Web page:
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The IT industry already knows what Windows 7 will cost and the various flavors Microsoft plans to dish up. All that's left is for Microsoft to release Windows 7 to manufacturing, and several sources are predicting that will happen July 13, the opening day of Microsoft's annual Worldwide Partner Conference in New Orleans.
For Microsoft partners, Windows 7's arrival couldn't come soon enough. Even fervent Microsoft Kool-Aid drinkers admit that Windows Vista was a disaster, and the result has been a surprisingly large swath of customers that are still using Windows XP, a wobbly geezer of an OS that's nearly eight years old and is increasingly ill-equipped for the challenges of modern computing.
All of this pent-up demand for Windows 7 represents a lucrative opportunity for Microsoft channel partners that have experience in handling OS migrations. And the fact that Windows 7 development has been a breeze compared to Vista has convinced many partners that Microsoft has learned from its Vista mistakes.
"Windows 7 will help everyone put Vista -- and XP -- behind them," said Andrew Brust, chief of new technology at New York-based IT consultancy twentysix New York. "Windows 7 is a great operating system, but more importantly, the Windows 7 team is well-run and dedicated to stability, compatibility and organization. That's a marked departure from what I observed of the Vista team."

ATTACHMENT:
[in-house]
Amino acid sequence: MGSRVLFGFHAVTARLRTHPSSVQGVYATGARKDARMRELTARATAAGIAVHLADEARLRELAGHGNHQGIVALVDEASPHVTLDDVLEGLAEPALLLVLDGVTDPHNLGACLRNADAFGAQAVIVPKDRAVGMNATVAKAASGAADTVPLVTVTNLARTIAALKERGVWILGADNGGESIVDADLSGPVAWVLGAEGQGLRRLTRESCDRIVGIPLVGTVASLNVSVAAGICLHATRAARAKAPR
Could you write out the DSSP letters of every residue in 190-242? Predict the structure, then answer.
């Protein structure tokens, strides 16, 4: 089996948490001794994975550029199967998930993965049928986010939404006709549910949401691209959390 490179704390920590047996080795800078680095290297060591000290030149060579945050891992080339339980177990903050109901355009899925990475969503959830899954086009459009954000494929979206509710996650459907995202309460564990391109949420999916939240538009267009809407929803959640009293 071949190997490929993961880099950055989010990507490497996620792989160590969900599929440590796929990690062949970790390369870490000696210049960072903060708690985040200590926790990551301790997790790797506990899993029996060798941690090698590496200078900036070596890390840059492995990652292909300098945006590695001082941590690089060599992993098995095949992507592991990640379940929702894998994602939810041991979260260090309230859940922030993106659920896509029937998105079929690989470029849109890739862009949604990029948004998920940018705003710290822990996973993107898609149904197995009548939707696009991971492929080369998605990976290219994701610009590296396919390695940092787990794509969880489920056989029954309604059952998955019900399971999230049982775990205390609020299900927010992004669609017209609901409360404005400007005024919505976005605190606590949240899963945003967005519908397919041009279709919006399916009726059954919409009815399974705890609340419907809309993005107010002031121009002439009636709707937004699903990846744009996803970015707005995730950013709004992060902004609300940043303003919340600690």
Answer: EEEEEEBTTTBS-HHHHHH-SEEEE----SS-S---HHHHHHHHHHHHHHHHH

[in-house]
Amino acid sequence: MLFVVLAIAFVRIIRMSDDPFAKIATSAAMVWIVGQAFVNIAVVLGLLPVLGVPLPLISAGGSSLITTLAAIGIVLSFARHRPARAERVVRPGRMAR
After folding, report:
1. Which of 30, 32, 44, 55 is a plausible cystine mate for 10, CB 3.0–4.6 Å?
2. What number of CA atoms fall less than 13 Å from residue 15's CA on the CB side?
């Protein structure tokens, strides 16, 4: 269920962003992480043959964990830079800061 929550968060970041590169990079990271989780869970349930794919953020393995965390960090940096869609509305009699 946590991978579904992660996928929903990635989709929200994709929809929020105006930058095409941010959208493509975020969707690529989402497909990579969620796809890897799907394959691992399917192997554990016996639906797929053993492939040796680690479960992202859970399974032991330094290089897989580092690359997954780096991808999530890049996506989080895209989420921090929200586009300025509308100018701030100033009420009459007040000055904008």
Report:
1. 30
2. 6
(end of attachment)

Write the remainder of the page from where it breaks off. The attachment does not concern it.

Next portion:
Windows 7 is designed to work on multiple PC form factors, including netbooks, and Microsoft has expended considerable effort on getting third-party device vendors involved at an early stage in order to ensure compatibility with Windows 7. That's a contrast to Vista's hefty hardware requirements and spotty device support, which helped to cement its reputation in the channel as a bloated OS that only ran as advertised on higher end hardware.
"This is the first time in Microsoft history that customers can upgrade confidently to a new version of Windows on existing PC hardware," said Allison Watson, vice president of worldwide channels at Microsoft, in a recent interview.
Vista's well-publicized delays and compatibility problems were the result of Microsoft's adding and changing many features in the course of development. With Windows 7, Microsoft's goal was to keep the scope of the operating system within reason and not get carried away with excessive alterations and additions.
With Windows 7, "We wanted to make sure that our eyes were aligned with our stomach," Mike Nash, corporate vice president of Windows product management, told Channelweb.com in April.